Two more of their peers passed through the reception. John Nugent and James Asbury appeared to be heading for the library, but Will suspected they weren’t planning to study.
“Hey,” Nugent called. “What you three tossers doing? Dreaming about being sad enough for the Wall of Shit?”
“Why don’t you go fuck yourself, twatface.”
Nugent huffed. “Oh, just fuck off, Billy-boy. Fucking wanker.”
“Gentlemen!” Mrs Riley, Will’s English teacher, entered the reception at that moment. “That’s hardly appropriate language, now is it? Mr Brown, I’d have expected better from you.”
“He started it.” Will pointed at Nugent.
“I don’t care who started it. I’ll thank you both to clean up your filthy mouths. Detention. Both of you. I’ll let you know when. Now, don’t you have somewhere to be, Mr Nugent?”
Will waited until Nugent and Mrs Riley had left and said, “That fucking bastard.”
“Yeah, but the girls all like him for it,” said Bobby. “I don’t know why, but they do.”
“Not all of them do.”
“Oh, Will, I nearly forgot,” said Ray.
“Nearly forgot what?”
“Mr Thompson wants to see you.”
“What does he want?”
“It’s probably the same have you thought about your options when you leave school talk that I had,” said Bobby, rolling his eyes. “I know it’s ages away, but he wants as many people to apply to university as possible. I think he thinks he’ll get paid more if we do. Fucking idiot.”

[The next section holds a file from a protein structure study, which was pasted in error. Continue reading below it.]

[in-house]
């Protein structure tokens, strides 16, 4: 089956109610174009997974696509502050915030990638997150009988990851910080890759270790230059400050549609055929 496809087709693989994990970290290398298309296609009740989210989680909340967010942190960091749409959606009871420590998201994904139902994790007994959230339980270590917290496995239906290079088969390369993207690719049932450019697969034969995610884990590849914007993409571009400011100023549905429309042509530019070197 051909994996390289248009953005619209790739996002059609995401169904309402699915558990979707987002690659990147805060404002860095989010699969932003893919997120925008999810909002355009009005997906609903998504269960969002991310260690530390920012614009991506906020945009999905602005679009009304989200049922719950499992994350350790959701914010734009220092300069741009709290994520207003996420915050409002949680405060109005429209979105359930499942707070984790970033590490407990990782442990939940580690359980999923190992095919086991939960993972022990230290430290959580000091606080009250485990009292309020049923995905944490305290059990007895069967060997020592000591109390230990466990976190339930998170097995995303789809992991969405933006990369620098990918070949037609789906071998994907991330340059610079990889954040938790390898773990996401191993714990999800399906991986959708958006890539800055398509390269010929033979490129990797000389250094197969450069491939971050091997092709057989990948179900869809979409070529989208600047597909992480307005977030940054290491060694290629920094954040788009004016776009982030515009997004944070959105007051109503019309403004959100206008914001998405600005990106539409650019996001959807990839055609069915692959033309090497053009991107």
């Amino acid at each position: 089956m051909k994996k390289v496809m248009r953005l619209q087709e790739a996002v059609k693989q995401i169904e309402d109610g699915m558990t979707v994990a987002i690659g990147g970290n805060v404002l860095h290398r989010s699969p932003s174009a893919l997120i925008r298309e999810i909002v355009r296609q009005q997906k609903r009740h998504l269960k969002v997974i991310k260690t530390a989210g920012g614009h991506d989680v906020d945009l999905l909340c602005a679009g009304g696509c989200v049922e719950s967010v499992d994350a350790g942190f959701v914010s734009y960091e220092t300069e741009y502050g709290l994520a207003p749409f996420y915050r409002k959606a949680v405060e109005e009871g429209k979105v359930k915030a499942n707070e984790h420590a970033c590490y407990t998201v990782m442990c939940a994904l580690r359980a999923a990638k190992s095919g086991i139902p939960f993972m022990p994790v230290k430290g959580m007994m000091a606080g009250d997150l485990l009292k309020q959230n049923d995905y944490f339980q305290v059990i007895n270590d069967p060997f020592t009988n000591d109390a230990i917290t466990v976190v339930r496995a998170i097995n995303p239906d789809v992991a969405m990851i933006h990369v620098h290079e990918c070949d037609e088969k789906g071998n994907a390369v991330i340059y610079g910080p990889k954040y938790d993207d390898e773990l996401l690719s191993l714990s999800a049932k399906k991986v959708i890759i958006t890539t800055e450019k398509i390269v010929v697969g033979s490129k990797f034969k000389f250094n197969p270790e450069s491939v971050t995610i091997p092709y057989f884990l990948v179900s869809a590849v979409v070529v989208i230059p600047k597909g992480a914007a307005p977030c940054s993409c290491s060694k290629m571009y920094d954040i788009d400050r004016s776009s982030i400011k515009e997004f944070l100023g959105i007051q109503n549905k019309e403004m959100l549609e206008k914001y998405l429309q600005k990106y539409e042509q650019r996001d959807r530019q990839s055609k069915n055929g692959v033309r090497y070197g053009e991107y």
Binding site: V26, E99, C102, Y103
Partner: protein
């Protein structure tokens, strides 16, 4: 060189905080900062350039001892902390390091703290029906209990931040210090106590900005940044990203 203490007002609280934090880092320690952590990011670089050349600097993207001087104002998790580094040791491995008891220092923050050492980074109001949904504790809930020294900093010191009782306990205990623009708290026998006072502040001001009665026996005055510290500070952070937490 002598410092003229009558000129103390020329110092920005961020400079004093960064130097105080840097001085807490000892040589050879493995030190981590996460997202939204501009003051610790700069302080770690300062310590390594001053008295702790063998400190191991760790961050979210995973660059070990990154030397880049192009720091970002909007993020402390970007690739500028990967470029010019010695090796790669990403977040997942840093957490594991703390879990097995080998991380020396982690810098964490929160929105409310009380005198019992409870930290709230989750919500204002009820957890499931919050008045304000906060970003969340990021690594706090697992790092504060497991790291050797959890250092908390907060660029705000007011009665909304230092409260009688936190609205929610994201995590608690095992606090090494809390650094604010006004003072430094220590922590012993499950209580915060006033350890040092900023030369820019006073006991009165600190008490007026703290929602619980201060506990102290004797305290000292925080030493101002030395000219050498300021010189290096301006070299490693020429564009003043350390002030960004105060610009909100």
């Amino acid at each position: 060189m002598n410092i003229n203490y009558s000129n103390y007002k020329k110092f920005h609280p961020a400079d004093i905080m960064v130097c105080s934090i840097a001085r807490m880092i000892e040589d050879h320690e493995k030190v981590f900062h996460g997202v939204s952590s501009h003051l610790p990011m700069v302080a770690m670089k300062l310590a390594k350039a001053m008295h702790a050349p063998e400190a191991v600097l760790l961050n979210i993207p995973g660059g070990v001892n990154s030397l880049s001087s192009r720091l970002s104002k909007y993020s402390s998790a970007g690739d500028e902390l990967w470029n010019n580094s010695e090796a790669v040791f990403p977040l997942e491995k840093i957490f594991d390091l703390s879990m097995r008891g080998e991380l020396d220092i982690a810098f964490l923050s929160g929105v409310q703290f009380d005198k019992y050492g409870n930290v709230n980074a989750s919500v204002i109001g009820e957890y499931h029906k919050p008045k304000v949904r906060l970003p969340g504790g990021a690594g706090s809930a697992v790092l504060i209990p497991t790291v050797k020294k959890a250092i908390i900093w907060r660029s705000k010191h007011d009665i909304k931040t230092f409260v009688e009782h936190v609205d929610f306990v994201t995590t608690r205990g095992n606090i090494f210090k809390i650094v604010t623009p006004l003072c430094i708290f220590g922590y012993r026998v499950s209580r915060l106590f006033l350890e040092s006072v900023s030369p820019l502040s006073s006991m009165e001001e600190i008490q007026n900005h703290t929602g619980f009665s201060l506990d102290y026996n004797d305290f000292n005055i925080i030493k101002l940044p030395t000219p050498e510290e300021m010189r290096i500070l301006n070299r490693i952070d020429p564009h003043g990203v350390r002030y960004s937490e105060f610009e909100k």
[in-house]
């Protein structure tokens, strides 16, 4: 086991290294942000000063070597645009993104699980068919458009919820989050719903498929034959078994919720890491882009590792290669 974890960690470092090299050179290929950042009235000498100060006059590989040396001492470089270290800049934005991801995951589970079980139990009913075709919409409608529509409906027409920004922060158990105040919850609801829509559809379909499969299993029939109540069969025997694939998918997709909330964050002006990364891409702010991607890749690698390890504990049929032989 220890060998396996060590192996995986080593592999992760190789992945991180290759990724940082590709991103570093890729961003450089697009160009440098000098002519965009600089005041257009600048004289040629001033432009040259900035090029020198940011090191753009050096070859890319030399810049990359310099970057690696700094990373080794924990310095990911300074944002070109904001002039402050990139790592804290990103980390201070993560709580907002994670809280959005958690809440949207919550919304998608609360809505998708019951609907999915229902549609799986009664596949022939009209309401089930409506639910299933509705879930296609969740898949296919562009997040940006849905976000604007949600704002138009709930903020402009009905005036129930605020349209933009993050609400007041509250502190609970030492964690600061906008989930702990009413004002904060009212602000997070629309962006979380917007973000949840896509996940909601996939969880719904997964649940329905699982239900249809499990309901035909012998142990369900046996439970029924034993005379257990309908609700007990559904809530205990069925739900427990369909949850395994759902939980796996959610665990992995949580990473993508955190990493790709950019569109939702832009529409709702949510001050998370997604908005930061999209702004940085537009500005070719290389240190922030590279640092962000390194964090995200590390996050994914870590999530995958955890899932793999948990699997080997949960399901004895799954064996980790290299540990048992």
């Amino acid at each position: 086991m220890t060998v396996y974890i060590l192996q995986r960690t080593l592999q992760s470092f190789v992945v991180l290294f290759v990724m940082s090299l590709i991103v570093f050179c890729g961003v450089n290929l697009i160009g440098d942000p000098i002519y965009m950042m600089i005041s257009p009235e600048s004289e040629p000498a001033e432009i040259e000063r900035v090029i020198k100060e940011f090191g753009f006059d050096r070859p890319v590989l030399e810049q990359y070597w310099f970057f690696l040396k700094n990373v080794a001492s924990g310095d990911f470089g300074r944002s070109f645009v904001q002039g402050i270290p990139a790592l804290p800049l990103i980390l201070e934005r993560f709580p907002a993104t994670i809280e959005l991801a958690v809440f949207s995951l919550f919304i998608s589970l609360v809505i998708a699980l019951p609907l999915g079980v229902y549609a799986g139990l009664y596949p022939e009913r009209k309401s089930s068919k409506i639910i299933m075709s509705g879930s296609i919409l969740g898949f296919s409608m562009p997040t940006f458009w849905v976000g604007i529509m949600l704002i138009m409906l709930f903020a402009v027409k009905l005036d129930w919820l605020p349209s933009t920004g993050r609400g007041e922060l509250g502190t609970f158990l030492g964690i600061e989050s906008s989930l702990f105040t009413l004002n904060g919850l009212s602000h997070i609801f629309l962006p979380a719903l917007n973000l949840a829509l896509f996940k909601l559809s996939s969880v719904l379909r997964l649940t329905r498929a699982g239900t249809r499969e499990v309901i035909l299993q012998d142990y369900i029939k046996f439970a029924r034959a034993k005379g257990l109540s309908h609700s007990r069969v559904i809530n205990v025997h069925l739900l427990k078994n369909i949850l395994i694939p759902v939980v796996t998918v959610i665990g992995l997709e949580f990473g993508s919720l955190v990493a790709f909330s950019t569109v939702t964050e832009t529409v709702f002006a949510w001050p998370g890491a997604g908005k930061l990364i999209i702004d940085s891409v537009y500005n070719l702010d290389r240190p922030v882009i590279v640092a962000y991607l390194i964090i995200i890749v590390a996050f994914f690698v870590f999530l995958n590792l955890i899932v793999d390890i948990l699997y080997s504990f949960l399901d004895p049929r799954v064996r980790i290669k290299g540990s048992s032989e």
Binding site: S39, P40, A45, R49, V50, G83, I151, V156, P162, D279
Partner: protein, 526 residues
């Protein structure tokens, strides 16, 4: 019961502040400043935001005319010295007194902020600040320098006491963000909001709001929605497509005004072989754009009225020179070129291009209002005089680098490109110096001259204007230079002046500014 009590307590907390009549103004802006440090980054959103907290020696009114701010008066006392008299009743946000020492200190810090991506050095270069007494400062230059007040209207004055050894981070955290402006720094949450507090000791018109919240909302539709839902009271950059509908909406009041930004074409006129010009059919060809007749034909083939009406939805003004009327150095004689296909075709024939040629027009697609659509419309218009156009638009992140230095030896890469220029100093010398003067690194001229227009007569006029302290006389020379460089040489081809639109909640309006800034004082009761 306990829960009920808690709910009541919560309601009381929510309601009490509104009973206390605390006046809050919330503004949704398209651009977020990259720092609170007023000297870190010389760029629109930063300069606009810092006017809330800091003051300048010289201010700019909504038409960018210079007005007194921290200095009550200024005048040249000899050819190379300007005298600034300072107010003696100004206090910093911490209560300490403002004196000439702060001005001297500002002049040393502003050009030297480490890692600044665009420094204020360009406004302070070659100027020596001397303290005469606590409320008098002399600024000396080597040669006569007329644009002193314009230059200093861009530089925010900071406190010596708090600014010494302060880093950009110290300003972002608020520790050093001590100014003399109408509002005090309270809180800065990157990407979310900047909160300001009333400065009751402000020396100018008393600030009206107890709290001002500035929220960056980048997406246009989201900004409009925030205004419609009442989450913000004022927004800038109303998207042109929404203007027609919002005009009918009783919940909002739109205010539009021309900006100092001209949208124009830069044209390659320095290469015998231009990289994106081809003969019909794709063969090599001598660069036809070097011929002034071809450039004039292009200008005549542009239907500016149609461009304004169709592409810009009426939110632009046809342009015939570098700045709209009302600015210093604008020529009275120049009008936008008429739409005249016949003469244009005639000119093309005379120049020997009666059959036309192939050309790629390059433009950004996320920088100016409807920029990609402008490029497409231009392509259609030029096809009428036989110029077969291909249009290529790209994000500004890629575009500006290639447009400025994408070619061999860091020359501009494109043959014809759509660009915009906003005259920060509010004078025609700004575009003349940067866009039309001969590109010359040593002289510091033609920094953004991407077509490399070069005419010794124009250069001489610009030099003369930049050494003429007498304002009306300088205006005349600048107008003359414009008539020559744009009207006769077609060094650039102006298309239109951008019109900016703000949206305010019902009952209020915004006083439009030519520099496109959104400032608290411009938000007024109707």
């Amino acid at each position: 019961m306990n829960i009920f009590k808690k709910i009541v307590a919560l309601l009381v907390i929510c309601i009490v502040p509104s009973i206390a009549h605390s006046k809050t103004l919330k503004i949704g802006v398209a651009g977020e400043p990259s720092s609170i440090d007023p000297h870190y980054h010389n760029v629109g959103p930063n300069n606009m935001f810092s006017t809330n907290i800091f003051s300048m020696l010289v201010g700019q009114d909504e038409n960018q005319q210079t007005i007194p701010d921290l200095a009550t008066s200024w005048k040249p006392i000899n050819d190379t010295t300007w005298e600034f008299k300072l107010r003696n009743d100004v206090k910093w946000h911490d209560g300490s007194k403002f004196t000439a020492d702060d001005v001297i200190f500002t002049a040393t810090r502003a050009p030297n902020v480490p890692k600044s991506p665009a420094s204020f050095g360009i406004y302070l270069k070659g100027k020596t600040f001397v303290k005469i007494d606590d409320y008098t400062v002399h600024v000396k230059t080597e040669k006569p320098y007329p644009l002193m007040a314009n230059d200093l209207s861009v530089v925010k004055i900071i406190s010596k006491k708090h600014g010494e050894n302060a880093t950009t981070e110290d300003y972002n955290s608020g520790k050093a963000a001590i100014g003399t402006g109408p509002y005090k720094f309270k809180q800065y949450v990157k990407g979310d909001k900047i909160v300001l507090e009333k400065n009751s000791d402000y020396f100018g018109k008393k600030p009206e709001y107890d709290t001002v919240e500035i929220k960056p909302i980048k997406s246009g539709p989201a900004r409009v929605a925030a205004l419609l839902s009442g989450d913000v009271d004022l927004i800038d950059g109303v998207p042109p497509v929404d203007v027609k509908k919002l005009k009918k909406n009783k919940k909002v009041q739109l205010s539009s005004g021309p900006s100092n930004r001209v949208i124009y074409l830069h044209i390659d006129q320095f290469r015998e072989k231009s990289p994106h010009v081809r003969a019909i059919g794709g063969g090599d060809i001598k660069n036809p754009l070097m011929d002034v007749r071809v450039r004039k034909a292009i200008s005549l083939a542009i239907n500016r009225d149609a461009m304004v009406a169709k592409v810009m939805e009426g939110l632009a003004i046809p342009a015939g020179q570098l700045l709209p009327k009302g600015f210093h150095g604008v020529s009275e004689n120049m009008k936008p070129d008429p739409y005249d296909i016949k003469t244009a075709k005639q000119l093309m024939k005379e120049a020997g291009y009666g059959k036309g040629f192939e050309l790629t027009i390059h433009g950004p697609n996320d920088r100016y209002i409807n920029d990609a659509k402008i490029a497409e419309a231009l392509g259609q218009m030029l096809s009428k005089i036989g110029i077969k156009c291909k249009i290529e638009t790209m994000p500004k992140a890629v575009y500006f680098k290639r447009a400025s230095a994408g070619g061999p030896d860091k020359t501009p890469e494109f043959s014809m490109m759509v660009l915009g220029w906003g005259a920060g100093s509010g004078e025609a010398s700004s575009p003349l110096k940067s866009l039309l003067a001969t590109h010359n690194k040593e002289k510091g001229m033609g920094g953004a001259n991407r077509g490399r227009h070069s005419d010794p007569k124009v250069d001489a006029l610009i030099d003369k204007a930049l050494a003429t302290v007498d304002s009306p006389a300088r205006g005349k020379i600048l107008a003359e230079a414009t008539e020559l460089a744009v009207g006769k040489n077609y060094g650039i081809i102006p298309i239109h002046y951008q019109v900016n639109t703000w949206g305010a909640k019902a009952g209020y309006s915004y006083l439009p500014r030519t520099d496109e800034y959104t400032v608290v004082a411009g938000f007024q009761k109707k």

“Are you going to apply?” Will asked.
“No point,” said Bobby. “Unlike you, the only universities that my shitty grades will get me in are, well, shit. I’d rather go out into the real world and start earning than spend another three years doing homework and racking up huge debts.”
“Where is he?” Will asked. “In his office?”
Ray nodded. “He’s waiting for you. He knows you’ve got a free period, so you’ve got no excuse.”
Will sighed. “Great. See you later, Bob.”
“Yeah, see you. I’ll be in the library. And remember, don’t let the bastard talk you into shit you don’t want to do.”
Will didn’t hurry on his way to Thompson’s office, which was on the first floor next to the sixth-form common room. He knocked even though the door was open. “You wanted to see me, sir?”
The Head of Sixth-Form looked up from his paperwork and smiled. “Will, yes. Come in and take a seat, my boy. Oh, and shut the door.”
Will closed the door behind him and sat down. Thompson reached for some papers at the back of his desk. He searched through them and picked one out. Will guessed it must be his last set of school reports. Thompson read the paper silently and then looked up.
“Splendid report again, Will. Splendid. I see that that your subject teachers have all predicted straight ‘A’s for you this summer. Quite a feat.”
Will tried, and failed, to hide his embarrassment. “There’s a long time between now and then, sir.”
“Not as long as you might think. Not as long at all. Now, have you thought about what you plan to do afterwards?”
“I was thinking of applying to university, sir. I’ve always wanted to be a lawyer.”
Thompson nodded. “Good choice. Good choice. Lot of money in the legal profession.”